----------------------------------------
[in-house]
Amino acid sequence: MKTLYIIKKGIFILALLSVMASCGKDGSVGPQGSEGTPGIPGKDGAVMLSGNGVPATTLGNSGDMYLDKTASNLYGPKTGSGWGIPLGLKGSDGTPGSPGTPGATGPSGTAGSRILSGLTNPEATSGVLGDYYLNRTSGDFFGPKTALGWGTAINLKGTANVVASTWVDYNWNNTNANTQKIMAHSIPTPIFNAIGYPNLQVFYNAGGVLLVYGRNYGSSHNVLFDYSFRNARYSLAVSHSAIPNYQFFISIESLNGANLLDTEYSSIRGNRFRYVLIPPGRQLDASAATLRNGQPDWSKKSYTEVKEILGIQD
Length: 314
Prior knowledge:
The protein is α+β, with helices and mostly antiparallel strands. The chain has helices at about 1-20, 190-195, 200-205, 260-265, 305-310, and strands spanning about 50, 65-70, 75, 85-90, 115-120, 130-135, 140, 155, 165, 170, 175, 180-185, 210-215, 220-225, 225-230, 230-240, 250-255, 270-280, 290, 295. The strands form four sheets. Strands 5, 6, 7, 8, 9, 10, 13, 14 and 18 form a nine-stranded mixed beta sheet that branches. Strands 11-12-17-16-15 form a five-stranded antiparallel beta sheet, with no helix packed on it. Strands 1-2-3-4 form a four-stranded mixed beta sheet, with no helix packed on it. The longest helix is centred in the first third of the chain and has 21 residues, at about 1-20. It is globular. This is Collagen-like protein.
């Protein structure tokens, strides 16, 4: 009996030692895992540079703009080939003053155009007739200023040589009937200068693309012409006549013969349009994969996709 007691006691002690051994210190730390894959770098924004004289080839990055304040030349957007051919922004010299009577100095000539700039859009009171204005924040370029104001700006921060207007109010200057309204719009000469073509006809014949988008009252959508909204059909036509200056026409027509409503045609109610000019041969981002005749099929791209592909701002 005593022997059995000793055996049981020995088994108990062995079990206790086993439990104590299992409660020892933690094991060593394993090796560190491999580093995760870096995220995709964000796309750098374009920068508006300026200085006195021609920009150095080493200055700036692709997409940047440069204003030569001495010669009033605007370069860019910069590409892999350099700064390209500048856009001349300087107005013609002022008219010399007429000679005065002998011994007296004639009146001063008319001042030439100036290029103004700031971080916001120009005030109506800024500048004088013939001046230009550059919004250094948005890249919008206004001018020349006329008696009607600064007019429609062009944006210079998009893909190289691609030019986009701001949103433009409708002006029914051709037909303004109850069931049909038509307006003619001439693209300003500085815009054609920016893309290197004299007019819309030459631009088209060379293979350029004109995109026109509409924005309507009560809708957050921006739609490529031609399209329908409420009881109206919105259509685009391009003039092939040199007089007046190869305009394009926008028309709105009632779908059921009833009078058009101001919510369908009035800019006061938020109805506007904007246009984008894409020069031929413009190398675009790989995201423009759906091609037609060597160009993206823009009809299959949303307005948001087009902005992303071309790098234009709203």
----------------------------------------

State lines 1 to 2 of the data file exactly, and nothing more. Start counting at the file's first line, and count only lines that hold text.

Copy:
[in-house]
Amino acid sequence: MKTLYIIKKGIFILALLSVMASCGKDGSVGPQGSEGTPGIPGKDGAVMLSGNGVPATTLGNSGDMYLDKTASNLYGPKTGSGWGIPLGLKGSDGTPGSPGTPGATGPSGTAGSRILSGLTNPEATSGVLGDYYLNRTSGDFFGPKTALGWGTAINLKGTANVVASTWVDYNWNNTNANTQKIMAHSIPTPIFNAIGYPNLQVFYNAGGVLLVYGRNYGSSHNVLFDYSFRNARYSLAVSHSAIPNYQFFISIESLNGANLLDTEYSSIRGNRFRYVLIPPGRQLDASAATLRNGQPDWSKKSYTEVKEILGIQD